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Thread: Classic motorcycle

  1. #1
    Join Date: Dec 2008

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    I'm Shaun.

    Default Classic motorcycle



    H2C 750 Triple by Shaun Haselden, on Flickr


    Here is a shot of what was probably the luckiest I have ever been. During the mid nineties I owned this classic Kawasaki H2C 750cc two stroke triple and saw some fabulous summer motorcycling around Lincolnshire. The torque of this thing was bloody astonishing especially zooming around the local hills in the Wolds. I consider myself seriously lucky to have experienced this bike.

    As is usual it was a case of right place, right time. I saw it and bought it. At the same time I owned a Yamaha FJ1200 and this H2C was so much more fun and accelerated so much stronger. Crazy damn machine.
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  2. #2
    Join Date: Jan 2008

    Location: Wrexham, North Wales, UK

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    Lovely thing, Shaun. For me, the styling of those bikes is much more preferable to anything modern

    Marco.
    http://www.thestainedglasscompany.com

    "A man is a success if he gets up in the morning and gets to bed at night, and in between he does what he wants to do" -- Milan Kundera.

  3. #3
    Join Date: Oct 2015

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    Quote Originally Posted by Haselsh1 View Post


    H2C 750 Triple by Shaun Haselden, on Flickr


    Here is a shot of what was probably the luckiest I have ever been. During the mid nineties I owned this classic Kawasaki H2C 750cc two stroke triple and saw some fabulous summer motorcycling around Lincolnshire. The torque of this thing was bloody astonishing especially zooming around the local hills in the Wolds. I consider myself seriously lucky to have experienced this bike.

    As is usual it was a case of right place, right time. I saw it and bought it. At the same time I owned a Yamaha FJ1200 and this H2C was so much more fun and accelerated so much stronger. Crazy damn machine.
    Years ago I had the H1 500, you really needed to take your brave pills if you fancied a bit of spirited riding. Coming into a bend at speed and dropping down a gear you'd hit the power band and it would buck and weave while trying to spit you off, frame made from drinking straws, 20 to the gallon and a raging thirst for 2 stroke oil......it was bloody brilliant. Oh and one other thing, that exhaust note was amazing.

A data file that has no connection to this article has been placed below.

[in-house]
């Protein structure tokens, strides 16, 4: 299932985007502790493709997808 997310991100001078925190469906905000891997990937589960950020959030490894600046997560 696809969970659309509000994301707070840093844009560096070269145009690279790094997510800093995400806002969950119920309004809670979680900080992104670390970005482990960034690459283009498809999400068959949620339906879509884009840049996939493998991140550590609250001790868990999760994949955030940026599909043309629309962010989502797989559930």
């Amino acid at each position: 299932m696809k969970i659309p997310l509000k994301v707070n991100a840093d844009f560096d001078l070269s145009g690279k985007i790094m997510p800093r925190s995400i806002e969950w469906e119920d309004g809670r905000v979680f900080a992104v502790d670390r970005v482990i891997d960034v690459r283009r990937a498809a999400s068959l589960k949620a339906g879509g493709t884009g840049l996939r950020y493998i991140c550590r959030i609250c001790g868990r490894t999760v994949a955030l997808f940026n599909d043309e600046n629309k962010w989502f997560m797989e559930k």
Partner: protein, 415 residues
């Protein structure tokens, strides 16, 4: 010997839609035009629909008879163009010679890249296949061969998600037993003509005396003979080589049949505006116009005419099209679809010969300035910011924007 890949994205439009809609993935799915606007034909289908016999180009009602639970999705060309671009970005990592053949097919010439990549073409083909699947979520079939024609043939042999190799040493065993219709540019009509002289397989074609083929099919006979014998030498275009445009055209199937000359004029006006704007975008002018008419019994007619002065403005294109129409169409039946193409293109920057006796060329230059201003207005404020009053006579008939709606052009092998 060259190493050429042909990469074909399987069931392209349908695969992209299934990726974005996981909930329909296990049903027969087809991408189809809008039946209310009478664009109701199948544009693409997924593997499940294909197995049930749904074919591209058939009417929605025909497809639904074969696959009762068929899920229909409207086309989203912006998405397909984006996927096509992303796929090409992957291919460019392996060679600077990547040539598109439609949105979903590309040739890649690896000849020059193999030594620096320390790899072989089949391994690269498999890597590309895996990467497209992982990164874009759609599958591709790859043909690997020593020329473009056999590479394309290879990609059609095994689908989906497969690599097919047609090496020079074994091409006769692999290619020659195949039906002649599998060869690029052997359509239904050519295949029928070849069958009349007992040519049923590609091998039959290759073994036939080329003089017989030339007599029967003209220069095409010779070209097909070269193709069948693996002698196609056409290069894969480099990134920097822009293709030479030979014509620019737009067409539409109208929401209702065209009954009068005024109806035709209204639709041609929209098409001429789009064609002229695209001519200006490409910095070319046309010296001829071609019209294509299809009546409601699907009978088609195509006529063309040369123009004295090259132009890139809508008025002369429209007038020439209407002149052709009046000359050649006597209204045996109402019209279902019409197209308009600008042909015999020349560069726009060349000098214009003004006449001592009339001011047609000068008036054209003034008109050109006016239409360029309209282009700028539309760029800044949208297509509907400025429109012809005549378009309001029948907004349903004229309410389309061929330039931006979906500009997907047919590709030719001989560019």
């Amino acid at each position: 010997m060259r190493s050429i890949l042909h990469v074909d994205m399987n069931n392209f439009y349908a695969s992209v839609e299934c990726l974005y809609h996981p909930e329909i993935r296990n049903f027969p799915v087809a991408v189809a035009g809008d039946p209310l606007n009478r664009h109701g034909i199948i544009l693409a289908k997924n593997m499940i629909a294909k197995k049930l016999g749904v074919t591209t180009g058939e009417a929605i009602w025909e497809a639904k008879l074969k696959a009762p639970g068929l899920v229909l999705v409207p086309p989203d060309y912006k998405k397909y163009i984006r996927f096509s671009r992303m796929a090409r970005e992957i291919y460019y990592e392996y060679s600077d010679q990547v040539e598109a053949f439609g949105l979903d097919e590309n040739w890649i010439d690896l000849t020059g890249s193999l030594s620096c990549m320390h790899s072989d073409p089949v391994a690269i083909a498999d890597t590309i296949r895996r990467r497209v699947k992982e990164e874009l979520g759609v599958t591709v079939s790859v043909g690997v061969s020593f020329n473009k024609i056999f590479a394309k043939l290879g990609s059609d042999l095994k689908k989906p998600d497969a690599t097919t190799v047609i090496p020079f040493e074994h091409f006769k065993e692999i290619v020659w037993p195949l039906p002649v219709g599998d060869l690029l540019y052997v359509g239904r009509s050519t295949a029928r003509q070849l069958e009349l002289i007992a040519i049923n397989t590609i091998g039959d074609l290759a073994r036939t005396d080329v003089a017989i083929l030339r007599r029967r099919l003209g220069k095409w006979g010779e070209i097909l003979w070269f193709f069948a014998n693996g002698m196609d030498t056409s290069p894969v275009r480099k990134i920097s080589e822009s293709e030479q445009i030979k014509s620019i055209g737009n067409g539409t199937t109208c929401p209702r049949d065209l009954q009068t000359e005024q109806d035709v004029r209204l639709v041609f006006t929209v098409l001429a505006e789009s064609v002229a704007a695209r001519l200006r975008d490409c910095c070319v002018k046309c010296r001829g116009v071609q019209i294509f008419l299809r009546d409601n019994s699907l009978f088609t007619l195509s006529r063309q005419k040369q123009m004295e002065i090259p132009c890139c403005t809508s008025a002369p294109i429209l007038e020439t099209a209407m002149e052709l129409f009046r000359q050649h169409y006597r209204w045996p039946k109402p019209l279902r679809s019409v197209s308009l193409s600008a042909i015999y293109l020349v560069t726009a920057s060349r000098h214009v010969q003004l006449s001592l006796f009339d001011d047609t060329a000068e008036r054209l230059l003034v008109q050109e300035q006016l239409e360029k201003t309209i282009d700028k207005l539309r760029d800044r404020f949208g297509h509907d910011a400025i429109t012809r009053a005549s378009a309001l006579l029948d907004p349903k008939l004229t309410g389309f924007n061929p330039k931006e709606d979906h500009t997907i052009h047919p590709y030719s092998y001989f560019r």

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  4. #4
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    No doubt, that just like in comparison with modern cars, the handling will be abysmal with old bikes like that, but the 'feel' and look of them (just LOVE spoked wheels and chrome ANYTHING), is something special...

    The ride with modern cars and bikes, in comparison, is just too 'sanitised', and subsequently not as much FUN!

    Marco.
    http://www.thestainedglasscompany.com

    "A man is a success if he gets up in the morning and gets to bed at night, and in between he does what he wants to do" -- Milan Kundera.

  5. #5
    Join Date: Sep 2014

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    Quote Originally Posted by Marco View Post
    No doubt, that just like in comparison with modern cars, the handling will be abysmal with old bikes like that, but the 'feel' and look of them (just LOVE spoked wheels and chrome ANYTHING), is something special...

    The ride with modern cars and bikes, in comparison, is just too 'sanitised', and subsequently not as much FUN!

    Marco.
    Well that really depends on what you are calling fun
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  6. #6
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    Of course, it's all subjective. In my experience, and based on what I call "fun', the BEST classic motorbikes and cars simply 'connect' you more with the riding or driving experience - and they LOOK sexier, too!

    Stuff today, in comparison, is just too 'homogenised'... So, that's homogenised, in terms of looks, and sanitised, in terms of the drive or ride. What the last bit does is make them eminently safer and more reliable, but IMO, at the expense of 'fun factor', whilst the former impacts on individuality.

    Sometimes technology has a lot to answer for

    Marco.
    http://www.thestainedglasscompany.com